Preventing Cellular Dead Zones in Commercial Buildings

Phone reception is critical in any property, and as a property manager you must ensure that your tenants will have good service. But how do you combat a dead zone?
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Sometimes commercial buildings have poor cellphone reception because of materials used in the construction of the building, infrastructure problems or, most frustratingly, a dead zone in a carrier’s service. Phone reception is critical in any property, and as a property manager you must ensure that your tenants will have good service. But how do you combat a dead zone?

Boosting call reception

Everyone gets an equal dose of signal provided they are subscribed to one the major national carriers, a smaller regional carrier or a largely catering to prepaid customers, and that the carrier’s towers are active and near the dead zone you’re trying to battle. In order to solve the issue with poor in-building cellular service, building owners have turned to distributed antenna systems (DAS) to ensure coverage and capacity. The signal booster uses a network of small antennas distributed throughout the building to strengthen signal, so poor reception and dead spots are eliminated.

There are two main ways in which you can amplify your cellular signal:

  • active DAS
  • passive DAS

The active DAS is a better fit for large commercial buildings and big venues—like airports or arenas—with a lot of data traffic due to higher costs, as well as the deployment and installation are a bit more complicated and disruptive. By creating a cellular signal to provide coverage, the active DAS distributes the signal between a centralized signal source and remote nodes placed throughout a building. The principal disadvantage of the active DAS is often the cost. The location where it is implemented requires a complete system to boost each carrier’s signal. For a multi-carrier solution, consumers can expect to pay between $5 and $10 per square foot, according to WilsonPro, so while for bigger properties this might not seem that expensive, for apartment buildings or smaller structures which also need cell signal boosted, it can often be far too expensive to justify.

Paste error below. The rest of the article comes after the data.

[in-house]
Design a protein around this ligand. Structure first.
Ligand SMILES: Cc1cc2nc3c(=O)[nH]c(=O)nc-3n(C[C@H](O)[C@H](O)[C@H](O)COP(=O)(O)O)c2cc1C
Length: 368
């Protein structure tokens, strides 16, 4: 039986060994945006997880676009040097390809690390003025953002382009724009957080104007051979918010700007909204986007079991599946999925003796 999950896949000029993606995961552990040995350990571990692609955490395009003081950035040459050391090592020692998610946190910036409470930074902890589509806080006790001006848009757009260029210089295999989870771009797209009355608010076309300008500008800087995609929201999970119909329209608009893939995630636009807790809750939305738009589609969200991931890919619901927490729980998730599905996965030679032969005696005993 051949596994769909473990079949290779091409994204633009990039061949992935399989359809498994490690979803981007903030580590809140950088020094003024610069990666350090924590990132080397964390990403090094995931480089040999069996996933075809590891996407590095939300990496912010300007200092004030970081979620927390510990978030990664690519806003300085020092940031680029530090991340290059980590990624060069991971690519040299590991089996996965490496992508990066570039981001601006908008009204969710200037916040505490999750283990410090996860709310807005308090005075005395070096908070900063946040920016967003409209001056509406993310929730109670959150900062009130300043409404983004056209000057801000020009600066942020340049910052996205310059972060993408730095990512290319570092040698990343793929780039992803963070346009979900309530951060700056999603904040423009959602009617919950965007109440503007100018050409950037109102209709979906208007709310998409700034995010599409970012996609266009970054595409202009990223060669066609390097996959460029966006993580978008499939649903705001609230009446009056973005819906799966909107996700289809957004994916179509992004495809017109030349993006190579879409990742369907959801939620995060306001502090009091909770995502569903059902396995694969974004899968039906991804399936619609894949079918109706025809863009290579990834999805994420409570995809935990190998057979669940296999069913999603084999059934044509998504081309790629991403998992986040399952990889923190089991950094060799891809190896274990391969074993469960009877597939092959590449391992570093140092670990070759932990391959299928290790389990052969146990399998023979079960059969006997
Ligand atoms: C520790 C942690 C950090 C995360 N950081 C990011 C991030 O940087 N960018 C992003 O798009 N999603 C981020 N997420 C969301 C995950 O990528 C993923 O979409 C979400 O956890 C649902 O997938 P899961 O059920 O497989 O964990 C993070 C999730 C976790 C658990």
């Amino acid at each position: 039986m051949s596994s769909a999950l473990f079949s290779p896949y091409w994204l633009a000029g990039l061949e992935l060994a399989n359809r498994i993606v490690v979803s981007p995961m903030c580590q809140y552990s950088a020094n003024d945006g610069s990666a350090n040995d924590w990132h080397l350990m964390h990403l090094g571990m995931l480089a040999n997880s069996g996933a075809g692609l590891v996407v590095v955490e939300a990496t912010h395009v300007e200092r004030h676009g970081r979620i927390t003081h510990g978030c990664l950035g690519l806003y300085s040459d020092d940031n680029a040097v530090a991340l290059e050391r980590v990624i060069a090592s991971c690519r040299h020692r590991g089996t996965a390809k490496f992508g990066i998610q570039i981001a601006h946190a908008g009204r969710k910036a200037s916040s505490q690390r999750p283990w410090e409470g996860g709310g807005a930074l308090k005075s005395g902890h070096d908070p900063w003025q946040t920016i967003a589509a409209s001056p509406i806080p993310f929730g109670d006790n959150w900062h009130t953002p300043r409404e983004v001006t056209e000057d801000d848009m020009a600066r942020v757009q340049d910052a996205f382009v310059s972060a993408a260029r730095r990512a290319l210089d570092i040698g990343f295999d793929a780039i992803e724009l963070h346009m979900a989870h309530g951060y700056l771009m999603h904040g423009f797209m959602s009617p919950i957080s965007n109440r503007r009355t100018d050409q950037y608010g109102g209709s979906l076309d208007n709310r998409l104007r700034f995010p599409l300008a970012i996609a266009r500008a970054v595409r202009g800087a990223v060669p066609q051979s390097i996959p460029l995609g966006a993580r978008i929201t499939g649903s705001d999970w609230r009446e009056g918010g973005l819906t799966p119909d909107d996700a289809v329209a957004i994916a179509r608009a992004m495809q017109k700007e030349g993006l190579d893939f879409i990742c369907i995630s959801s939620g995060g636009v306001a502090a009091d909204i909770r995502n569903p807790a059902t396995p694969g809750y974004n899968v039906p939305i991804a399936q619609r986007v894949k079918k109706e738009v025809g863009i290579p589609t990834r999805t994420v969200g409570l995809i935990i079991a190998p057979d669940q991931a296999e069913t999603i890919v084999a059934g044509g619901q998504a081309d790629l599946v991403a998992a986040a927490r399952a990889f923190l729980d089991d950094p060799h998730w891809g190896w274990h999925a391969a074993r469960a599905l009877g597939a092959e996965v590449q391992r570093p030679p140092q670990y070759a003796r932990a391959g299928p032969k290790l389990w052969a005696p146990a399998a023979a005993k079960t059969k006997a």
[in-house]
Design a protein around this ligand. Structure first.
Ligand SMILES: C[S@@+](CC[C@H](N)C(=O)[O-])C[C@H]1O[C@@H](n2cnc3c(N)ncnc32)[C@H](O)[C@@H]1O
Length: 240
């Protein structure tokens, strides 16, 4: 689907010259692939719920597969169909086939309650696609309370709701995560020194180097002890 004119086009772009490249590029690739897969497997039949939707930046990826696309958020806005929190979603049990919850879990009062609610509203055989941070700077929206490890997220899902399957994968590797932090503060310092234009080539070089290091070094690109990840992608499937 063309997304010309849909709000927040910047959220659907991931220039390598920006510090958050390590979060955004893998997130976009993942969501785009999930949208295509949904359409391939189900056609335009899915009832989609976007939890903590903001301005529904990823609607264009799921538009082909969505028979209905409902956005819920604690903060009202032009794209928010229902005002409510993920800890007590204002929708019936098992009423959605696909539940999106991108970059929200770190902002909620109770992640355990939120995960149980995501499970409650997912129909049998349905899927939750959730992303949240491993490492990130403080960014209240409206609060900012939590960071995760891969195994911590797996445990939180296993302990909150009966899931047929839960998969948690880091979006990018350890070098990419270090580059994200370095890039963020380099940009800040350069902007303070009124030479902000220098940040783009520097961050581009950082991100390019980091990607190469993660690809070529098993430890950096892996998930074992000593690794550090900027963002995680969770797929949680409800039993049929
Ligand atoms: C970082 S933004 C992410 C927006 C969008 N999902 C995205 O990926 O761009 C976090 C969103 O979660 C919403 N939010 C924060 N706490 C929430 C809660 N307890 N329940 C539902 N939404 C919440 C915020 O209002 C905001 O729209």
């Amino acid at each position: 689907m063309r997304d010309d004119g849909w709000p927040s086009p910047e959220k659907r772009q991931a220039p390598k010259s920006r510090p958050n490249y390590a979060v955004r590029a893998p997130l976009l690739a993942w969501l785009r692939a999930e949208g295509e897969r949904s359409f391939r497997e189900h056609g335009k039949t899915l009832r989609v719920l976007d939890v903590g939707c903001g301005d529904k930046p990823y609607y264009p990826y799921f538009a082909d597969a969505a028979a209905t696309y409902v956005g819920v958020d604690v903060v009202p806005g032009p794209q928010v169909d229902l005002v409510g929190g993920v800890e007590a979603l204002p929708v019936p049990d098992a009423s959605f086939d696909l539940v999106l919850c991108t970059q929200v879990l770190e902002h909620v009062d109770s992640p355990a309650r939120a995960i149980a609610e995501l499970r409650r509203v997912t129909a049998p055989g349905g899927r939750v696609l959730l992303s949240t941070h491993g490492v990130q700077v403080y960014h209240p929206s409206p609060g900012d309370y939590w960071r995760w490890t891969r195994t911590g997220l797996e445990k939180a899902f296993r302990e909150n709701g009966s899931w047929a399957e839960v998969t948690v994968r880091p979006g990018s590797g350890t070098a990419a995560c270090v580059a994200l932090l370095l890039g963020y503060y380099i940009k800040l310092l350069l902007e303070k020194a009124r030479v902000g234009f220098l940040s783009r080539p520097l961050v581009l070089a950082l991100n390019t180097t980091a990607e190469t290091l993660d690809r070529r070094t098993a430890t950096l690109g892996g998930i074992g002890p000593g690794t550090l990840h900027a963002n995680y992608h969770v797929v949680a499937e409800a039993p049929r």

While active DAS is best suited for bigger commercial usage, passive DAS is suitable for smaller office properties, apartment buildings or if you need a better overage in a certain area. Passive DAS eliminates cellular connectivity problems by enhancing existing cell reception up to 32 times by using antennas and amplifiers. Plus, it doesn’t need to create an internal network as the active DAS does. The cost for installing passive DAS is less and the installation, and maintenance is simpler. The only downside of this is that you need to have a pretty strong signal strength from nearby cell tower, and the capacity is limited.

Whether it’s the active or the passive version, installing DAS is a good investment for property managers or developers. By offering a better mobile connectivity, it offers businesses improved cell phone reception and wireless connectivity for all end-users, which will help attract investors, tenants, potential buyers, customers and employees.